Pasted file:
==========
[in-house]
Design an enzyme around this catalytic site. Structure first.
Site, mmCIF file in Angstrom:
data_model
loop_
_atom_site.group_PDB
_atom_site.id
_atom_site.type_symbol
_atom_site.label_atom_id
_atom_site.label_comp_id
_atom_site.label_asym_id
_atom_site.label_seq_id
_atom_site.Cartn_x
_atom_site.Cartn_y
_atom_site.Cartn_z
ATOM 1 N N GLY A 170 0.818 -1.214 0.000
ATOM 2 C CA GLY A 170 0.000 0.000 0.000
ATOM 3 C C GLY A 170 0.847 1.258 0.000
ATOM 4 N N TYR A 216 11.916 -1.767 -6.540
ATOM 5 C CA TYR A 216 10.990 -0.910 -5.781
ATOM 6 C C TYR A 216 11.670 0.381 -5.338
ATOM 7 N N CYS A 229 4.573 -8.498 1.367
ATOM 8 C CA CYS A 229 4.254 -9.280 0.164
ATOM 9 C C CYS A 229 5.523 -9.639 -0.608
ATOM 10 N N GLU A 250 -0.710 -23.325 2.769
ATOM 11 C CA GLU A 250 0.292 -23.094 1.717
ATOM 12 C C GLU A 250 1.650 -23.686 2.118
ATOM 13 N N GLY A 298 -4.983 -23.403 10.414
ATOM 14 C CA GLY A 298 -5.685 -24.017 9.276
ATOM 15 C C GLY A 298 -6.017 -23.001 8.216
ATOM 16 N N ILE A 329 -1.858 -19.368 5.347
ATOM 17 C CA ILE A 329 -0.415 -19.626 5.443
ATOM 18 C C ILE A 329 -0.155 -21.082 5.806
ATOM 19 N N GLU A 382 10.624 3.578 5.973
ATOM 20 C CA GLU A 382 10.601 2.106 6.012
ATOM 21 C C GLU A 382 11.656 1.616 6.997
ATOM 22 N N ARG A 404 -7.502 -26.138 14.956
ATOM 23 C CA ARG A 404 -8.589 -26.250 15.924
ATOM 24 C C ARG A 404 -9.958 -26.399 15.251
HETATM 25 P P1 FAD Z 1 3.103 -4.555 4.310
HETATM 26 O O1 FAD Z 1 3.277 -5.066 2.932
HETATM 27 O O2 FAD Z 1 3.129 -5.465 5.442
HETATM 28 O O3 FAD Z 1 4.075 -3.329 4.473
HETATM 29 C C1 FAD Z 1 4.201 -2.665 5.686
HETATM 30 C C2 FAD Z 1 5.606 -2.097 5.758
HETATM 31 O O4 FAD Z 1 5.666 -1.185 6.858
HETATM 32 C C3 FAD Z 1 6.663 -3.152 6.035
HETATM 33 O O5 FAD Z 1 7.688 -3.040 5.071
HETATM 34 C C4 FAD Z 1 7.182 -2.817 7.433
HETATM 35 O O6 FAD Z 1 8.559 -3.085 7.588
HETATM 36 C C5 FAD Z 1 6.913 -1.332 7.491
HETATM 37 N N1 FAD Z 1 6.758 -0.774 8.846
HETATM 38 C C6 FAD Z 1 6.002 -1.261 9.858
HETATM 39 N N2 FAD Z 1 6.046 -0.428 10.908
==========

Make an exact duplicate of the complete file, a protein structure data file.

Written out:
[in-house]
Design an enzyme around this catalytic site. Structure first.
Site, mmCIF file in Angstrom:
data_model
loop_
_atom_site.group_PDB
_atom_site.id
_atom_site.type_symbol
_atom_site.label_atom_id
_atom_site.label_comp_id
_atom_site.label_asym_id
_atom_site.label_seq_id
_atom_site.Cartn_x
_atom_site.Cartn_y
_atom_site.Cartn_z
ATOM 1 N N GLY A 170 0.818 -1.214 0.000
ATOM 2 C CA GLY A 170 0.000 0.000 0.000
ATOM 3 C C GLY A 170 0.847 1.258 0.000
ATOM 4 N N TYR A 216 11.916 -1.767 -6.540
ATOM 5 C CA TYR A 216 10.990 -0.910 -5.781
ATOM 6 C C TYR A 216 11.670 0.381 -5.338
ATOM 7 N N CYS A 229 4.573 -8.498 1.367
ATOM 8 C CA CYS A 229 4.254 -9.280 0.164
ATOM 9 C C CYS A 229 5.523 -9.639 -0.608
ATOM 10 N N GLU A 250 -0.710 -23.325 2.769
ATOM 11 C CA GLU A 250 0.292 -23.094 1.717
ATOM 12 C C GLU A 250 1.650 -23.686 2.118
ATOM 13 N N GLY A 298 -4.983 -23.403 10.414
ATOM 14 C CA GLY A 298 -5.685 -24.017 9.276
ATOM 15 C C GLY A 298 -6.017 -23.001 8.216
ATOM 16 N N ILE A 329 -1.858 -19.368 5.347
ATOM 17 C CA ILE A 329 -0.415 -19.626 5.443
ATOM 18 C C ILE A 329 -0.155 -21.082 5.806
ATOM 19 N N GLU A 382 10.624 3.578 5.973
ATOM 20 C CA GLU A 382 10.601 2.106 6.012
ATOM 21 C C GLU A 382 11.656 1.616 6.997
ATOM 22 N N ARG A 404 -7.502 -26.138 14.956
ATOM 23 C CA ARG A 404 -8.589 -26.250 15.924
ATOM 24 C C ARG A 404 -9.958 -26.399 15.251
HETATM 25 P P1 FAD Z 1 3.103 -4.555 4.310
HETATM 26 O O1 FAD Z 1 3.277 -5.066 2.932
HETATM 27 O O2 FAD Z 1 3.129 -5.465 5.442
HETATM 28 O O3 FAD Z 1 4.075 -3.329 4.473
HETATM 29 C C1 FAD Z 1 4.201 -2.665 5.686
HETATM 30 C C2 FAD Z 1 5.606 -2.097 5.758
HETATM 31 O O4 FAD Z 1 5.666 -1.185 6.858
HETATM 32 C C3 FAD Z 1 6.663 -3.152 6.035
HETATM 33 O O5 FAD Z 1 7.688 -3.040 5.071
HETATM 34 C C4 FAD Z 1 7.182 -2.817 7.433
HETATM 35 O O6 FAD Z 1 8.559 -3.085 7.588
HETATM 36 C C5 FAD Z 1 6.913 -1.332 7.491
HETATM 37 N N1 FAD Z 1 6.758 -0.774 8.846
HETATM 38 C C6 FAD Z 1 6.002 -1.261 9.858
HETATM 39 N N2 FAD Z 1 6.046 -0.428 10.908